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Erland Hejn Nielsen

System Dynamic Modelling for a Balanced Scorecard: A Case Study

Research output: Contribution to conferencePaperResearchpeer-review

  • Accounting Research Centre - ARC
  • Department of Business Studies
  • CORAL - Centre for Operations Research Applications in Logistics
Purpose - The purpose of this research is to make an analytical model of the BSC foundation by using a dynamic simulation approach for a 'hypothetical case' model, based on only part of an actual case study of BSC. Design/methodology/approach - The model includes five perspectives and a number of financial and non-financial measures. All indicators are defined and related by a number of assumed cause-and-effect relationships. Time lags are included to stipulate one of the most important characteristic of BSC. We use the model to simulation different strategies or scenarios and to reach a kind of optimum or 'steady-state-condition. We, also demonstrate through three different scenarios how different variables influence the optimum time that normally also influence decision making. Findings - The results shows how profit, and ROCE (Return-On-Capital-Employed) are influenced by three chosen variables: skills, customer base and work in process. We are able to show that only minimal changes may create large effects on profit. Research limitations/implications - Our analytical model is based on both assumed but also on case documented assumptions of a concrete model. In every such kind of model, the sensitivity of our results with respect to the assumptions should be analysed in subsequent studies. Besides, our model should be extended to cover a whole BSC of an actual company. Practical implications - The model may be used as the first step in putting numbers on an integrated BSC model. The model is our first attempt to study an analytical version of BSC and to make inferences concerning some optimal or rational behaviour of an assumed relationship between different indicators and perspectives. The credibility or benefit of the model is insight into the finality of a model but also as a teaching exercise of BSC. It is relativity easy to extend our model to more realistic circumstances, by including more measures or change time lags. Using the assumed cause-and-effect relationships between financial and non-financial performance measures, attention should also be paid to the definitions and the number of measures. Originality/value - A large number of case studies and surveys are now present in the literature of BSC. However, there is a lack of more theoretical and analytical modelling of the BSC. Our paper just throws a little light to this modelling approach.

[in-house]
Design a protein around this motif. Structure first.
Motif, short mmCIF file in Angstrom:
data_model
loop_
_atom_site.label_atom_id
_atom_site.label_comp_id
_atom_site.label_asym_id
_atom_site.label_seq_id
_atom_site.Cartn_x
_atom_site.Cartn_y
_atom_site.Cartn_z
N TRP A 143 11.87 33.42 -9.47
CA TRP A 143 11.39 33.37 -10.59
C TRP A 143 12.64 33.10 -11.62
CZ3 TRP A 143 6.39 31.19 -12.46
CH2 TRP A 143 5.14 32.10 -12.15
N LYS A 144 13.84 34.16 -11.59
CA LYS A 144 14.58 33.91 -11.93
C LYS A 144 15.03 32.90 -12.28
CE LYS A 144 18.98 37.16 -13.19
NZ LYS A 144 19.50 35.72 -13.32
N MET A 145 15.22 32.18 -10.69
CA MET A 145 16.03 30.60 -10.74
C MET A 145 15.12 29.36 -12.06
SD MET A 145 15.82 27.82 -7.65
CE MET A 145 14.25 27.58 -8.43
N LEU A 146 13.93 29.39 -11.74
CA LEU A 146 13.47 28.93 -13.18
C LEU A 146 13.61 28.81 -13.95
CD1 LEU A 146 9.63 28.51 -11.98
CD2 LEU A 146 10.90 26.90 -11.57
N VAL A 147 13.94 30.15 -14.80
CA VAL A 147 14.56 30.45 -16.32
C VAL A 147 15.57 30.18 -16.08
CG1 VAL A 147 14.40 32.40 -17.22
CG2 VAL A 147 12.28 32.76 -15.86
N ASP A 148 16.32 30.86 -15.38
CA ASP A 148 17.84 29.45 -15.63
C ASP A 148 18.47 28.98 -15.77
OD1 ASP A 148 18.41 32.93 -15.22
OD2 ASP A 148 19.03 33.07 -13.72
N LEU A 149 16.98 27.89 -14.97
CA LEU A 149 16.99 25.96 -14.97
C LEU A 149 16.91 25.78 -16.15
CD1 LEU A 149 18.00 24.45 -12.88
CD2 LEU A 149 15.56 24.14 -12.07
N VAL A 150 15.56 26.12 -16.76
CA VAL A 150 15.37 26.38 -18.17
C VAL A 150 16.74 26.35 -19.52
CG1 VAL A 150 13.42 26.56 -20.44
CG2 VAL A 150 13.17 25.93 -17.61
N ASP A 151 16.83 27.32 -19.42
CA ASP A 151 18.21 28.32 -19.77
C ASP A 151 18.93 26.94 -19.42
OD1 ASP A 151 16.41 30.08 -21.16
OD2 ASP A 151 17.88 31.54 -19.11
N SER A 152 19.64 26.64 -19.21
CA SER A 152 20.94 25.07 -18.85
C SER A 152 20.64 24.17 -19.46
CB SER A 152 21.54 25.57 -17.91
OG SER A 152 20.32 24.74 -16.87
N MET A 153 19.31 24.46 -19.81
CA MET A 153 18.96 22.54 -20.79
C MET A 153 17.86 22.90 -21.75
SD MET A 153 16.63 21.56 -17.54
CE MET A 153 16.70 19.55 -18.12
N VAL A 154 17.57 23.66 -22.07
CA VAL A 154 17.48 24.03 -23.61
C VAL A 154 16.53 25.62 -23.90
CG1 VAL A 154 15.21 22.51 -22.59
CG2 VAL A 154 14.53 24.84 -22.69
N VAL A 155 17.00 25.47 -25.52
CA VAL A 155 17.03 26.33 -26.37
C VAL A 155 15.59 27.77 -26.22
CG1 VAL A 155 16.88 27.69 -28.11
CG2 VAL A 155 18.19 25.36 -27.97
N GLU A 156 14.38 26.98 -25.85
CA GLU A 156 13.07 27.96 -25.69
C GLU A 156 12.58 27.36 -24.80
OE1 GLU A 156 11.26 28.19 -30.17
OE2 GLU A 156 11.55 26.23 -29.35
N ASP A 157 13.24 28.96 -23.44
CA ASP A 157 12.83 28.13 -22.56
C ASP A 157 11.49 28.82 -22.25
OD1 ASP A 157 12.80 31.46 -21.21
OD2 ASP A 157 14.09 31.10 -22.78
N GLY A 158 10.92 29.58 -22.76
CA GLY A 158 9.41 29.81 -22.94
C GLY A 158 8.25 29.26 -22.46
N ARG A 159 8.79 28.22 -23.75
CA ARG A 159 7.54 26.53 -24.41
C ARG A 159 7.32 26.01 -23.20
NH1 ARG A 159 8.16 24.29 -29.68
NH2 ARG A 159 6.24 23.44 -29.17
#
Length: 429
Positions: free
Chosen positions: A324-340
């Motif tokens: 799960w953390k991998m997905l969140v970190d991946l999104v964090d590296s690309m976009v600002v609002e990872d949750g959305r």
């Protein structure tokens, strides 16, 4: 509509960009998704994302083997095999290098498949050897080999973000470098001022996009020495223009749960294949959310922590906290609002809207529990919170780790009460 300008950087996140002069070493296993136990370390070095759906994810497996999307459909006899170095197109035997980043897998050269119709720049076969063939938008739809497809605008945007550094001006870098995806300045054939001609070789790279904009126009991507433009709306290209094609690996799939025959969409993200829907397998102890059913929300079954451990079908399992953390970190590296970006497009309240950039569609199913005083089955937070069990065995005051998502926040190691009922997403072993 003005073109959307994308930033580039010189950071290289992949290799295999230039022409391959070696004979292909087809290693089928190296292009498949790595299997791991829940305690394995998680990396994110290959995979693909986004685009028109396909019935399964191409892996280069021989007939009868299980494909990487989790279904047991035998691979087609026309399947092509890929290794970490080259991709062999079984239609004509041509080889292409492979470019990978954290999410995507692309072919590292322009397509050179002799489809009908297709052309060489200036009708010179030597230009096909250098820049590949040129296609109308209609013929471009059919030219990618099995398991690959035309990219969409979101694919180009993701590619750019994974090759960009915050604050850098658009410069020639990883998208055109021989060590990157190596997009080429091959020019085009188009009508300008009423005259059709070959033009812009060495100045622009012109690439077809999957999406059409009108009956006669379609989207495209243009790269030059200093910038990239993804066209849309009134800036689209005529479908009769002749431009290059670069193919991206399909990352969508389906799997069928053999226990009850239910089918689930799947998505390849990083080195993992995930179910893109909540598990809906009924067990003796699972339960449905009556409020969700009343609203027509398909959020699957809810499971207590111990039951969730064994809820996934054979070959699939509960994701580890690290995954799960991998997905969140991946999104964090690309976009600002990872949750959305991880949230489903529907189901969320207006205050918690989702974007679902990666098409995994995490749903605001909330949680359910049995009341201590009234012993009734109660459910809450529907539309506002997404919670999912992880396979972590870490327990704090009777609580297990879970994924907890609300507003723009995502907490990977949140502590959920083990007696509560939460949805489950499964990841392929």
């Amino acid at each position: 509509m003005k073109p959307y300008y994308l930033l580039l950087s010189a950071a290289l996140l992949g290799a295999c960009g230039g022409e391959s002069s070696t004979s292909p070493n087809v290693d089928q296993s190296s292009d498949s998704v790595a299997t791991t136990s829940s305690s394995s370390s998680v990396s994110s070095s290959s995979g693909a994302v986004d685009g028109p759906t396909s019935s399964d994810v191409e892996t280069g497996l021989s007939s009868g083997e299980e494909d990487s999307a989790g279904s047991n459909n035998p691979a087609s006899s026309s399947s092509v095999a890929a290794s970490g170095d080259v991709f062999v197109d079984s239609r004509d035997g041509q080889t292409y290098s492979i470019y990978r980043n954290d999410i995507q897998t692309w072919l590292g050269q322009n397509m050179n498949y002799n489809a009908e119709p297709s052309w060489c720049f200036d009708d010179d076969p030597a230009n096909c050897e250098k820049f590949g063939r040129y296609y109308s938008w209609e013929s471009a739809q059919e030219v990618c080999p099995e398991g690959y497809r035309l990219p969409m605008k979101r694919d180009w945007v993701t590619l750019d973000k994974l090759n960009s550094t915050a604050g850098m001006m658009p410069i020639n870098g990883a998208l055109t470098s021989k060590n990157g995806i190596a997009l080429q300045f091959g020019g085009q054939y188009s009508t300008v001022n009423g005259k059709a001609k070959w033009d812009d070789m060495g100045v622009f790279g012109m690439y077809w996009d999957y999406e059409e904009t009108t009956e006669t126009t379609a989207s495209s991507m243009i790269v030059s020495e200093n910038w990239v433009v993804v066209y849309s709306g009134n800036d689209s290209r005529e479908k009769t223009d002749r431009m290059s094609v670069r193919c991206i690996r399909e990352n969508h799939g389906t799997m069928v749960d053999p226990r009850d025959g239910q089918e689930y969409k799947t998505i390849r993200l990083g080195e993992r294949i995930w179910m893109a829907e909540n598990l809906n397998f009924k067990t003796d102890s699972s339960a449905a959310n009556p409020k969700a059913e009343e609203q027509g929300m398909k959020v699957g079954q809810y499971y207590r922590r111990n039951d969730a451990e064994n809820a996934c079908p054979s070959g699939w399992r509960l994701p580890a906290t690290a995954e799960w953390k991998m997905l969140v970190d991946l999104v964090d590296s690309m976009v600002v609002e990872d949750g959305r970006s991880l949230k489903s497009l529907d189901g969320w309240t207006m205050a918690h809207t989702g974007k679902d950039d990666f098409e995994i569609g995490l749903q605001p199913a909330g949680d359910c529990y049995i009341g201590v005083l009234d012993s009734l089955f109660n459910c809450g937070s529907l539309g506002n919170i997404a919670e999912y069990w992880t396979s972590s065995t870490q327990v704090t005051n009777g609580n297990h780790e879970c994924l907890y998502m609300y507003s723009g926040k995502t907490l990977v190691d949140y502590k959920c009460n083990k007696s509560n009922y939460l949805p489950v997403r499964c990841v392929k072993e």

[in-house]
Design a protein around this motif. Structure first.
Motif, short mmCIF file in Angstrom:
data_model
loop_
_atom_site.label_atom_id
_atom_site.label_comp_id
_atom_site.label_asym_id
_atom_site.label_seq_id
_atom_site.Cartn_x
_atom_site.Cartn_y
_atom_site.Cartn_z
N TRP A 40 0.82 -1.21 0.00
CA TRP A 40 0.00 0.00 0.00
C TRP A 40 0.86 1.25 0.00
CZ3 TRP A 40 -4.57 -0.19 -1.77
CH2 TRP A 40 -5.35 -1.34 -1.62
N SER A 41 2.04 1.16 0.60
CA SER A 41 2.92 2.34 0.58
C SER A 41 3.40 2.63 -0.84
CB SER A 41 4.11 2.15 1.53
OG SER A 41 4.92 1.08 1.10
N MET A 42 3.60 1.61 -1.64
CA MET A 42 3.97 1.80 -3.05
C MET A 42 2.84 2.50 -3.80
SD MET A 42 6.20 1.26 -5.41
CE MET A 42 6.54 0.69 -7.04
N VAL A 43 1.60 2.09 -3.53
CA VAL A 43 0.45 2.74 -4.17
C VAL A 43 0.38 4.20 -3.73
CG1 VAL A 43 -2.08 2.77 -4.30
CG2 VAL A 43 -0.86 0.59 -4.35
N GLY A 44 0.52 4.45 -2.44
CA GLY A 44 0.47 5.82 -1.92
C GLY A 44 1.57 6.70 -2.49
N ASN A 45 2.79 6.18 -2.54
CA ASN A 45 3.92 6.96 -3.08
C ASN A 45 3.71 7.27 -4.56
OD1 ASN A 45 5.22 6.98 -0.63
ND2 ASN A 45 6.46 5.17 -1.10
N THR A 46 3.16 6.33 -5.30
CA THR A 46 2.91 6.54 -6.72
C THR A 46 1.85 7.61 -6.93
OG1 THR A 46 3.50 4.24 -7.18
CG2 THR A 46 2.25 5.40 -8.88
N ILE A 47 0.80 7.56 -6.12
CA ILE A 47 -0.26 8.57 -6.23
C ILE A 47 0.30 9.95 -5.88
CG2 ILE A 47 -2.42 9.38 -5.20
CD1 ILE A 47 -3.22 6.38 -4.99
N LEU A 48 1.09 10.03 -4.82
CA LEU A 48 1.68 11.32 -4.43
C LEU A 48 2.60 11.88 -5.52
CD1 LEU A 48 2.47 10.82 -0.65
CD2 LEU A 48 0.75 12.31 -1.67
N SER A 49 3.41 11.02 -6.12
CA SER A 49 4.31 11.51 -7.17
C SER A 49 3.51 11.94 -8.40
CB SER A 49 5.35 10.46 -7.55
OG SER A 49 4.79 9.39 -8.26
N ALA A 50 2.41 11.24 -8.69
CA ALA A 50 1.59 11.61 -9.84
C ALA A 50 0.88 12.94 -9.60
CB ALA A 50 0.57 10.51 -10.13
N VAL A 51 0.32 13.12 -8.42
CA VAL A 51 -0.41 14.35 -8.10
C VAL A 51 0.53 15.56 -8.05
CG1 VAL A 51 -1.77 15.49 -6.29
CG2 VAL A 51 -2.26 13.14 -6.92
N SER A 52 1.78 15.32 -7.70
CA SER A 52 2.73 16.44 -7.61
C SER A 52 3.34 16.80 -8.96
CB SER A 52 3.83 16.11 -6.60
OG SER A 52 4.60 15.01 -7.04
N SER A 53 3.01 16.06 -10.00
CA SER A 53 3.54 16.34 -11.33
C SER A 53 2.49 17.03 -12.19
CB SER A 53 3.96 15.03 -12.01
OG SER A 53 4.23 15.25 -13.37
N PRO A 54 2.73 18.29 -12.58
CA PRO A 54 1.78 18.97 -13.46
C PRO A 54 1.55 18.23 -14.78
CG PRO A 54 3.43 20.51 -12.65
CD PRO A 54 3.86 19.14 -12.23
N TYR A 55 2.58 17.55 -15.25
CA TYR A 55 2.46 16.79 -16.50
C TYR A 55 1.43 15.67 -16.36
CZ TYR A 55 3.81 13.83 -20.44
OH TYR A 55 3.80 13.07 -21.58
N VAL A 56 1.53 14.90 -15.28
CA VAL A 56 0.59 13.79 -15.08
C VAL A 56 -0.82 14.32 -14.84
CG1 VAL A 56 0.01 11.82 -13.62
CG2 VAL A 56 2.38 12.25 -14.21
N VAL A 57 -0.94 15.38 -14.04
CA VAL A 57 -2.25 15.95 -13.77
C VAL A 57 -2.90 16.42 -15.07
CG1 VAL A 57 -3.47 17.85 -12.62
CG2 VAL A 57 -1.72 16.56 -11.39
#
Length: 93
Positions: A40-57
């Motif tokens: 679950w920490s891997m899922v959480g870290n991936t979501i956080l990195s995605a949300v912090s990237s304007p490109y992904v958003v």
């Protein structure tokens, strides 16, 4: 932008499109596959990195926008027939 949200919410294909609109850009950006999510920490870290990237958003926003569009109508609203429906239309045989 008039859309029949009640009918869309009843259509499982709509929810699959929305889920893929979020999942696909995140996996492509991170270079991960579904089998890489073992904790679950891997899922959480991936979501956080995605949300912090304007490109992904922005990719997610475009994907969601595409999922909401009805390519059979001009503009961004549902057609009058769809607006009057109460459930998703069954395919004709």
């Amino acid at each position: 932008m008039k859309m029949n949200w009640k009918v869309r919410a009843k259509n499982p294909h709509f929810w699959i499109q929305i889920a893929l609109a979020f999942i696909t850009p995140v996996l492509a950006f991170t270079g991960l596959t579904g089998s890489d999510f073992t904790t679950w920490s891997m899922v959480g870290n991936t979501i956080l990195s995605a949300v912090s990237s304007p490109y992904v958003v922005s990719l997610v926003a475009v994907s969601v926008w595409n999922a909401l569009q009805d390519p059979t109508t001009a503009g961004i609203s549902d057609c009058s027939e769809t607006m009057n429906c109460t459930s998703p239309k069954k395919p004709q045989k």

Original languageEnglish
Publication year2006
Publication statusPublished - 2006
Event29th Annual Congress of the European Accounting Association - Dublin, Ireland
Duration: 22 Mar 200625 Mar 2006
Conference number: 29

Conference

Conference29th Annual Congress of the European Accounting Association
Number29
CountryIreland
CityDublin
Period22/03/200625/03/2006

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